Mitigating environmental pressures in a growing economy not only implies achieving absolute decoupling from GDP, but also requires maintaining such decoupling in time for as long as the economy grows (recalling that emissions must be reduced by at least 7.6% every year from now on). Said differently, continuous economic growth requires a permanent absolute decoupling between GDP growth and environmental pressures. Yet, in the same way that economic growth and environmental pressures can decouple at one point in time, they can just as easily recouple later on.

This happens more often than we think. Let’s reflect upon the time when the International Energy Agency declared that decoupling was “confirmed” after observing a levelling of global emissions in 2015 and 2016. Yet, this decoupling was short-lived. In fact, it was mainly due to China moving from coal to oil and gas at the same time that the United States was shifting to shale gas. The shift was temporary. After that, economic growth recoupled with carbon emissions.

Situations of recoupling can also happen with renewables. In the decade between 2005 and 2015, Austria, Finland, and Sweden greened their energy mix and, as a result, lowered their emissions. But once this shift is complete, further growth will require an expansion of the energy infrastructure, which will imply additional environmental pressures. In fact, this is what happened after the studied period. Austria decreased its emissions by -0.6% in 2006-2010 and -1.6% in 2011-2015, but emissions returned  positive by +0.3% in 2016-2019. A similar story took place in Finland and Sweden; the rates of reduction accelerated between 2006 and 2015 but slowed down after that.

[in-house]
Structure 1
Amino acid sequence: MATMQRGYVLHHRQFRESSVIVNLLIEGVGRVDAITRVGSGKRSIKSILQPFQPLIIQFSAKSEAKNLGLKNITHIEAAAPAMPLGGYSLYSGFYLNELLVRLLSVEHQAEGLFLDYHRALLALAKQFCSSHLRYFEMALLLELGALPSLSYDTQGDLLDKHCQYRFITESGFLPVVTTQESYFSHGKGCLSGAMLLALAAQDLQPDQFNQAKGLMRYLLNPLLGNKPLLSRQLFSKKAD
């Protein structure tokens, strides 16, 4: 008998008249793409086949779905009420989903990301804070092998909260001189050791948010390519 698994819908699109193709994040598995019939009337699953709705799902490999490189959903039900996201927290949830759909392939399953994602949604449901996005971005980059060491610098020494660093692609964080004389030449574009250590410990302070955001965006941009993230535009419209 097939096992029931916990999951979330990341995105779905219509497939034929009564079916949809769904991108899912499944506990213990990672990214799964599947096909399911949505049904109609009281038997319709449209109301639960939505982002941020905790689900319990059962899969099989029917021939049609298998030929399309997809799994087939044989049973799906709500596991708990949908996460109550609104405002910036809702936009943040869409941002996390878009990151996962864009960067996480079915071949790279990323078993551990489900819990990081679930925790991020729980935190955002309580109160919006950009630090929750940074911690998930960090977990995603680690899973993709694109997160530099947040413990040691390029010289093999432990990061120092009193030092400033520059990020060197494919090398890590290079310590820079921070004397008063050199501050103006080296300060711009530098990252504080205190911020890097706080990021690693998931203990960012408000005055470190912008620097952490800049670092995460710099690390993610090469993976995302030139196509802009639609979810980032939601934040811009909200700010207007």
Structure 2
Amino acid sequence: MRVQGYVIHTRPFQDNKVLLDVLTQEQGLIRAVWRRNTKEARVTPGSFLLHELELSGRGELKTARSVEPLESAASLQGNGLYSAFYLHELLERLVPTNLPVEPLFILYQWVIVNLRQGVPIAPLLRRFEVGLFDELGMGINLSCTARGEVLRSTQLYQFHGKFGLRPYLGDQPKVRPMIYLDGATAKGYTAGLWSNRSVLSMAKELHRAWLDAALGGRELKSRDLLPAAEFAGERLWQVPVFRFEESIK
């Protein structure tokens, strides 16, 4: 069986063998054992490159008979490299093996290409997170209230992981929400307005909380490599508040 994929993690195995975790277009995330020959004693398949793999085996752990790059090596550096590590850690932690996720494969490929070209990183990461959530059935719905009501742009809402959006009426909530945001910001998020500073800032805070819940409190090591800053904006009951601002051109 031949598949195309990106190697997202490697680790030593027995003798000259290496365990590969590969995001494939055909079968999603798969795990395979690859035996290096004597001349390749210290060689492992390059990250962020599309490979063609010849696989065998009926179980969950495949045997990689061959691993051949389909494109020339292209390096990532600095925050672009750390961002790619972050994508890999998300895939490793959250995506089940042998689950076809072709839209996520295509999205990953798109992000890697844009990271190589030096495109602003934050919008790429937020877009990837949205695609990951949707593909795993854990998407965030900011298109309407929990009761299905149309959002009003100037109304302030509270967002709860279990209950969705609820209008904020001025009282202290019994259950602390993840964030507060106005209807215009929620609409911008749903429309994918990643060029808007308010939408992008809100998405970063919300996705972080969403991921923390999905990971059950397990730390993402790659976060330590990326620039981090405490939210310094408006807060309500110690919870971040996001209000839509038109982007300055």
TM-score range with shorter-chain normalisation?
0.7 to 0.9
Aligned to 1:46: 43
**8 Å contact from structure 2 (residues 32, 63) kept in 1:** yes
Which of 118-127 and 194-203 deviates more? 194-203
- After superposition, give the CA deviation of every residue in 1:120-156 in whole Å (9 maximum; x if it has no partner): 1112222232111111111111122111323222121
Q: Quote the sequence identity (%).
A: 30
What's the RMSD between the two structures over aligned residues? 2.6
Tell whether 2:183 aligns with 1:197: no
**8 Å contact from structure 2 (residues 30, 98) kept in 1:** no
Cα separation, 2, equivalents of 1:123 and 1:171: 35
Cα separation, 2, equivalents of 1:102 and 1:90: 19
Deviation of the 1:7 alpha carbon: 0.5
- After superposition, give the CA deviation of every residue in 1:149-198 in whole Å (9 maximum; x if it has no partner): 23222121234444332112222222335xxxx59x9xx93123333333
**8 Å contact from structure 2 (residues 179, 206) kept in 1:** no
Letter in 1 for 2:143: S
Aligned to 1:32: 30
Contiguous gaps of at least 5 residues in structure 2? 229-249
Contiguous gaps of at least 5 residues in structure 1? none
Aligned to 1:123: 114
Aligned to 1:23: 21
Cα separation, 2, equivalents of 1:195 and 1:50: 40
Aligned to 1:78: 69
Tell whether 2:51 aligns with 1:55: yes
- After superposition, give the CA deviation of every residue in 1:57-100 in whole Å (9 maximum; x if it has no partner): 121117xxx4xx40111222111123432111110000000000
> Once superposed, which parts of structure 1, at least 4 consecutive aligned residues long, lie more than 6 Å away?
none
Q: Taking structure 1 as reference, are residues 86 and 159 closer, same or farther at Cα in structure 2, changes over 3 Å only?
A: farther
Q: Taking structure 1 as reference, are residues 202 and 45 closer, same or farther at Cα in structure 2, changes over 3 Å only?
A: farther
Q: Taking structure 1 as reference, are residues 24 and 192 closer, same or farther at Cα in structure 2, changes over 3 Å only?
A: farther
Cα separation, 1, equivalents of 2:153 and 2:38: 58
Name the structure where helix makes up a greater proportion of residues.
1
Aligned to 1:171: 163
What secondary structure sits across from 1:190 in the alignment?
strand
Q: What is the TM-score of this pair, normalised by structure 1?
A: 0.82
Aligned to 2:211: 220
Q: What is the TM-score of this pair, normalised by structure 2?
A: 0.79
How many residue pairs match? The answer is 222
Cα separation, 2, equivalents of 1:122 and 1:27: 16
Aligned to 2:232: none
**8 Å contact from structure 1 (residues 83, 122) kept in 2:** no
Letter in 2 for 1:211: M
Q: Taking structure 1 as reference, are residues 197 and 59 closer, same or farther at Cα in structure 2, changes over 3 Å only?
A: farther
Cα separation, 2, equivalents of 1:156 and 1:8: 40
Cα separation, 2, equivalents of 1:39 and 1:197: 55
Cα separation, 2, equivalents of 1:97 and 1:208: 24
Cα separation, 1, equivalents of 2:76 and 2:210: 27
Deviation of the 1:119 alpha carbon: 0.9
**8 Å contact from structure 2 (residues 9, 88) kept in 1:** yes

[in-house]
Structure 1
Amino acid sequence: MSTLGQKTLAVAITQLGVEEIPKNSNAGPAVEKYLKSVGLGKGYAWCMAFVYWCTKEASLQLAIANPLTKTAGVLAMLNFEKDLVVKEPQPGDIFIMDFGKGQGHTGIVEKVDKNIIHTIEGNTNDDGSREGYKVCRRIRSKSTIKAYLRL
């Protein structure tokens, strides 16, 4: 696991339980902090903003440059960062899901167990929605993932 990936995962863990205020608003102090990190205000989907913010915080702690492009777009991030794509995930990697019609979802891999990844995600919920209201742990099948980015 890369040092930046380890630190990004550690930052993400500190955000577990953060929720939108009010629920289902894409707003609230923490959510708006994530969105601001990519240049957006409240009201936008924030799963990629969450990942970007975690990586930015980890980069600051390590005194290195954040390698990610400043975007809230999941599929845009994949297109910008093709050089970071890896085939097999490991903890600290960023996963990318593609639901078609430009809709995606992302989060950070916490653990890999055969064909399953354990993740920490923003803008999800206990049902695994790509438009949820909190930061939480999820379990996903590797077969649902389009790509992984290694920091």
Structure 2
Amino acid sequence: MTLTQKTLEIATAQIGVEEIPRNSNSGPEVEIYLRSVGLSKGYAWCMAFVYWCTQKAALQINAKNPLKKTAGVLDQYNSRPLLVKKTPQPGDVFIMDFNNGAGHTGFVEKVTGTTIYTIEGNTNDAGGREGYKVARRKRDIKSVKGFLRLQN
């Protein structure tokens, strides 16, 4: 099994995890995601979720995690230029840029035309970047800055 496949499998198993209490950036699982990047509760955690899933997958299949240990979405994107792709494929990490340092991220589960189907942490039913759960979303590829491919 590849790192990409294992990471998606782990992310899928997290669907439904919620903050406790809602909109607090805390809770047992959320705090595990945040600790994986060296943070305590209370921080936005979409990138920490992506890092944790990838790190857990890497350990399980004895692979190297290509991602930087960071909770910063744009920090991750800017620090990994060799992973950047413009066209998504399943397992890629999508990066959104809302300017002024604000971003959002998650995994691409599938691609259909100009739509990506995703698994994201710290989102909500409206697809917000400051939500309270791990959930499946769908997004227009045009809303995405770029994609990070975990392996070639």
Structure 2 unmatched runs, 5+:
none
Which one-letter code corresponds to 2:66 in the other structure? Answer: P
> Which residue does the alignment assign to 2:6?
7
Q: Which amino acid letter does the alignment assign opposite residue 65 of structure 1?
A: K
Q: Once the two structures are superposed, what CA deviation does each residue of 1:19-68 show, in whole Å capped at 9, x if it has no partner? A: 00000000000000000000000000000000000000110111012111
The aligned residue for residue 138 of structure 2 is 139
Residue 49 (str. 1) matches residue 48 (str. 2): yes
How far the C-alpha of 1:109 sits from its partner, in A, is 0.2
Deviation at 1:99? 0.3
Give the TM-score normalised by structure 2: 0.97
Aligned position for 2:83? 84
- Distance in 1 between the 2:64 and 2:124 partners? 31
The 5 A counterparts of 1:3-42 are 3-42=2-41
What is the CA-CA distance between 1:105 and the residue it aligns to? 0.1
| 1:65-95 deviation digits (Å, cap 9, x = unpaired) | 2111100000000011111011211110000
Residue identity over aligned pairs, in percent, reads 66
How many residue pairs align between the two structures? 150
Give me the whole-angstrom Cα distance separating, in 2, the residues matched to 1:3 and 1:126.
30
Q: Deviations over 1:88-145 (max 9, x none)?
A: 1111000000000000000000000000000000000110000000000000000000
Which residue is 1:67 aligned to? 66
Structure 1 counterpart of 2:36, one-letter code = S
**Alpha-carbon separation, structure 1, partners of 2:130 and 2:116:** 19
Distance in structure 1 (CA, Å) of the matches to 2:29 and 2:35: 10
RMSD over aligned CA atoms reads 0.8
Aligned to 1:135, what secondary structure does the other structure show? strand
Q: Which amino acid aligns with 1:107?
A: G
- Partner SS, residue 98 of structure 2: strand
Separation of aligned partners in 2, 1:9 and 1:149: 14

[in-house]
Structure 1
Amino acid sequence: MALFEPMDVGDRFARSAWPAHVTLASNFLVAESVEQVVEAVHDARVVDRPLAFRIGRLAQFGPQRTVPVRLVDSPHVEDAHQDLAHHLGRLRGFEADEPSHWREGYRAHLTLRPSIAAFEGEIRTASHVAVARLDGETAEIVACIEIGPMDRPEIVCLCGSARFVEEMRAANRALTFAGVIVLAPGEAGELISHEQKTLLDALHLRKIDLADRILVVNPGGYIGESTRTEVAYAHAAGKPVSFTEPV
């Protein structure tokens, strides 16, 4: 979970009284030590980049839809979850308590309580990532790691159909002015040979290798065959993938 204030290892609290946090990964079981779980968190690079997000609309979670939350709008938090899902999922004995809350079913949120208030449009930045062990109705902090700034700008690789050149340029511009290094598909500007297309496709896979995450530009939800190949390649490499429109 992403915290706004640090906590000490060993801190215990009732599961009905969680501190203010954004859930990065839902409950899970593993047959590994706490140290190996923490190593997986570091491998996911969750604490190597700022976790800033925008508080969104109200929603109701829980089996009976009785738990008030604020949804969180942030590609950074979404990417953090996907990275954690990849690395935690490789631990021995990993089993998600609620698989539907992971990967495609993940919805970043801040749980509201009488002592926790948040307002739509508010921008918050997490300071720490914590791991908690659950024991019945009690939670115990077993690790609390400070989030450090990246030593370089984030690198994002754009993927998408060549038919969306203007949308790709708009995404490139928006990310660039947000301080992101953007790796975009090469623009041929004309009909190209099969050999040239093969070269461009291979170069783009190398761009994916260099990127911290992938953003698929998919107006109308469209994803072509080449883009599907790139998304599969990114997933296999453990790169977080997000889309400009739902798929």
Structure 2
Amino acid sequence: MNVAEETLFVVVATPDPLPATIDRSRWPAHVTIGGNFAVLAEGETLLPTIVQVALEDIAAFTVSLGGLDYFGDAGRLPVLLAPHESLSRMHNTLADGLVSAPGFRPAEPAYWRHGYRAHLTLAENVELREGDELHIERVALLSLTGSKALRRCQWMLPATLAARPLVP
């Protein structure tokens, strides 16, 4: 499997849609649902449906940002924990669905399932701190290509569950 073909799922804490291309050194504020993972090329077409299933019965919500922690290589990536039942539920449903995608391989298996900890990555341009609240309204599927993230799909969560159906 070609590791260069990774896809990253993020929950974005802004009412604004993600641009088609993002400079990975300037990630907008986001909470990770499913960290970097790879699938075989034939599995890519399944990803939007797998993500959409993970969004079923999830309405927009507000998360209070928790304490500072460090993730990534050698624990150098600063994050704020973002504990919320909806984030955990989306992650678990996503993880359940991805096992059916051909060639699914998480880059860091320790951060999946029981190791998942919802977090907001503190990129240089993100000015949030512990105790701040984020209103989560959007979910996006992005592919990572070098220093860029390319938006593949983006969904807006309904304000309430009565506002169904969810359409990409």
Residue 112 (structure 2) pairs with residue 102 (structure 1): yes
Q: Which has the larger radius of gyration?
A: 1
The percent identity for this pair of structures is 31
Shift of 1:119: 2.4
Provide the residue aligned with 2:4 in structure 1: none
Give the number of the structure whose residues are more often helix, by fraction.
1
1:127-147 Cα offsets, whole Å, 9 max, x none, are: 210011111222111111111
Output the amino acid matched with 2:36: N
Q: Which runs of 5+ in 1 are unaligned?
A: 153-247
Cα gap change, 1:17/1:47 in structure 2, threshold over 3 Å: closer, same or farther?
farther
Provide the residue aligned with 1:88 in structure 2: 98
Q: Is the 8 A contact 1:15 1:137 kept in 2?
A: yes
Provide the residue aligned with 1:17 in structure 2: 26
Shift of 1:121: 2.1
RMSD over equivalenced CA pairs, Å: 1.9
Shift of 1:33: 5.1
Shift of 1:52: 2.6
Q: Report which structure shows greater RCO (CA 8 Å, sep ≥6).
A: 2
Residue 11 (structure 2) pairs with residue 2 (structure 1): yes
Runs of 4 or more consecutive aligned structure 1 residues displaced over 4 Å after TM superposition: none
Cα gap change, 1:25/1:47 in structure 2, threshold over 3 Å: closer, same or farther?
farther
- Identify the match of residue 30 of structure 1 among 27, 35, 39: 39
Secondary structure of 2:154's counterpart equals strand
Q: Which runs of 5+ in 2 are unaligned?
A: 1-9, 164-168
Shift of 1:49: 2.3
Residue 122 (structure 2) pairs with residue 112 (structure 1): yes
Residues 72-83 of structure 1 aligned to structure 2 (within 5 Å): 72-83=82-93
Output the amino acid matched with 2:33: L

Some commentators hypothesized that the return of economic growth after the pandemic would be green, or at least, greener. Yet, global energy-related carbon dioxide emissions are on course to surge by 1.5 billion tons in 2021 – the second-largest increase in history – reversing most of the decline caused by the pandemic. The lesson from the corona crisis is this: slight oscillations from light to heavy ecological beating are not enough – we need to radically and immediately transform the economy.

Do we need environmental policies? 

Yes, we do and the Le Quéré paper is clear on that. We need energy and climate policies, “particularly if GDP growth increases,” the authors write. But what if capping GDP was itself considered an acceptable climate policy? This is the idea of degrowth. Since GDP remains significantly coupled with carbon emissions and other environmental pressures, a good way of limiting ecological wreckage is to put limits on the scale of the economy. If carbon emissions decreased by -2.4% with a +1.1% rise in GDP growth, imagine how faster they could be reduced if economic growth was not prioritised above the unthinkable risks of runaway ecological breakdown.